Six Points to Consider for Better PowderFebruary 20, 2019
Powder quality greatly influences final part quality; that’s a fact. However, myriad powder variables create challenges. While the challenges are complex, industry users must find ways to drive control consistency and measure results. The following provides a roadmap for doing just that.
Sourcing—Ask your supplier how it sources and controls its raw material (rod, wire, etc.), and how it traces back to original ingots. Suppliers often customize the handling, testing, storing and shipping of an order to meet any requirements above and beyond the powder specification. For example, ordering a large lot of powder and having it drop-shipped in smaller increments to your facility may reduce traceability concerns.
Handling—Controlling how your facility handles the powder once it is received is vital. A contamination-control plan helps prevent contamination and reduces the potential for accidental contamination. Personnel training can ensure a heightened awareness of the importance of powder cleanliness. Many newer machines on the market feature options for full powder-handling systems, minimizing or eliminating the potential for external contamination. While effective, these systems require access to all surfaces that the powder touches for cleaning or replacing.
Environment and storage—Temperature and humidity are key factors related to machine environment and powder storage. Lower humidity, especially when using oxygen-sensitive alloys such as titanium, minimizes the influence of water vapor in the air. However, in extremely dry environments, or with powder containing microparticles, a minimum humidity level may be necessary to reduce the risk of combustible dust.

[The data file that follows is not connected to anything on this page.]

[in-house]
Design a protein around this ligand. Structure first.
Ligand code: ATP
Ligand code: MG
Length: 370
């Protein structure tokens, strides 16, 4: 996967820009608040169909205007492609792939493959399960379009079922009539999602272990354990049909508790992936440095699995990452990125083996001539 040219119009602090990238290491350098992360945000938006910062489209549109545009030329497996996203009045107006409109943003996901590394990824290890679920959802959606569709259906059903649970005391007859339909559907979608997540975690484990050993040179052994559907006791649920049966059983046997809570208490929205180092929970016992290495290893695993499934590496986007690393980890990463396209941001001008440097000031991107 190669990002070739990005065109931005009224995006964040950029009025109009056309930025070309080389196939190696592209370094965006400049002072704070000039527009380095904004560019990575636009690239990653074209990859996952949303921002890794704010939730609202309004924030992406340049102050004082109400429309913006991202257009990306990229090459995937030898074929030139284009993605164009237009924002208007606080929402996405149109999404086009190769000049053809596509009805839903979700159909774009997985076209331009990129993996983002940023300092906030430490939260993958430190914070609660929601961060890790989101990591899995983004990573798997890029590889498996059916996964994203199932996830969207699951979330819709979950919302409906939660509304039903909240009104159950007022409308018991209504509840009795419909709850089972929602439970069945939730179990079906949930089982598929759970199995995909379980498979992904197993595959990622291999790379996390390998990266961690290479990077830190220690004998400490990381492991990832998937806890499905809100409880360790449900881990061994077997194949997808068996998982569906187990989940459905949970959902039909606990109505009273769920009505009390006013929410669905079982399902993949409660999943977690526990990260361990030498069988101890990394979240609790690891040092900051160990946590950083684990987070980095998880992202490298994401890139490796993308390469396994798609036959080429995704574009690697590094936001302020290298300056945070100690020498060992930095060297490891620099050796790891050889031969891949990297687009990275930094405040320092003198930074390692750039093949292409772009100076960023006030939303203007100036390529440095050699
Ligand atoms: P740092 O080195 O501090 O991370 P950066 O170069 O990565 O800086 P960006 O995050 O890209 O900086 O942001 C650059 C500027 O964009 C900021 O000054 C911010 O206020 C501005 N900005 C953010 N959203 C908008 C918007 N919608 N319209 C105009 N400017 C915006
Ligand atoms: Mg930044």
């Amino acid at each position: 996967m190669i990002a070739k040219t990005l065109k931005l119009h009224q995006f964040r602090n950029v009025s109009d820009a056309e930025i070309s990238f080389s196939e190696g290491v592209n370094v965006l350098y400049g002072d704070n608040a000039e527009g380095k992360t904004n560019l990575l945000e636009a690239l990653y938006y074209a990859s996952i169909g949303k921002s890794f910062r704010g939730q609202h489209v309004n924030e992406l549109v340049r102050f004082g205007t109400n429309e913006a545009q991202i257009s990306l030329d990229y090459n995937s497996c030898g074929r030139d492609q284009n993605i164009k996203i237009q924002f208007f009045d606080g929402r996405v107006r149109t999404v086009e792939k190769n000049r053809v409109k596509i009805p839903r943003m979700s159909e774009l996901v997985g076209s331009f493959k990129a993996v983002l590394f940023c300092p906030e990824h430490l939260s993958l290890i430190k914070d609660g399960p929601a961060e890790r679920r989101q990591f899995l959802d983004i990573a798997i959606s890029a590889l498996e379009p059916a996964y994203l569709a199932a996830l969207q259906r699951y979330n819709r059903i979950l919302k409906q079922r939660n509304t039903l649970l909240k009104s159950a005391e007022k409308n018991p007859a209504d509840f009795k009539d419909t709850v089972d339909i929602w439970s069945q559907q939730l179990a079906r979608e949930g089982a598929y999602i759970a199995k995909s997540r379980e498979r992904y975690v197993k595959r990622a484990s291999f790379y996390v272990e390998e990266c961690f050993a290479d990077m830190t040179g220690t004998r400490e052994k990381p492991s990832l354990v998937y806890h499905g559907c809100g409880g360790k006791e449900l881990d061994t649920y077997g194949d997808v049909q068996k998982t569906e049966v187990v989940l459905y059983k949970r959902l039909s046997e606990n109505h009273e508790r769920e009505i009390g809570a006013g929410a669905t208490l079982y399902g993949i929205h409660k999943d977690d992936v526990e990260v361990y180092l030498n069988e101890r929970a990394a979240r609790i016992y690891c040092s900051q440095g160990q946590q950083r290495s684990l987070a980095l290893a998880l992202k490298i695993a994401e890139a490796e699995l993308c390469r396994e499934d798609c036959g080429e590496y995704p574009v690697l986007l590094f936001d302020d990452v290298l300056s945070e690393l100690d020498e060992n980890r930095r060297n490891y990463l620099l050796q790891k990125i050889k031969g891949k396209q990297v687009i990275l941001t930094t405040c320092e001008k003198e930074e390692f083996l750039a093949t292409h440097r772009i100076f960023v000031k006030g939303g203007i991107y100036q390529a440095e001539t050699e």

Traceability—Imperative for meeting most aerospace and defense application requirements, traceability and documentation allow for the recall of products within a specific powder lot when unknown defects are found downstream. Most industry-standard and customer-specific audits require users to show objective evidence of traceability documentation throughout the process. Numerous alloy varieties, lot numbers and specifications tracked inside of one facility can make documentation a complex challenge. Not only must traceability be documented digitally, it also must be traceable on the shop floor. Traceability here can be implemented by using specific colored labels, two-check systems, UPC labels and other means.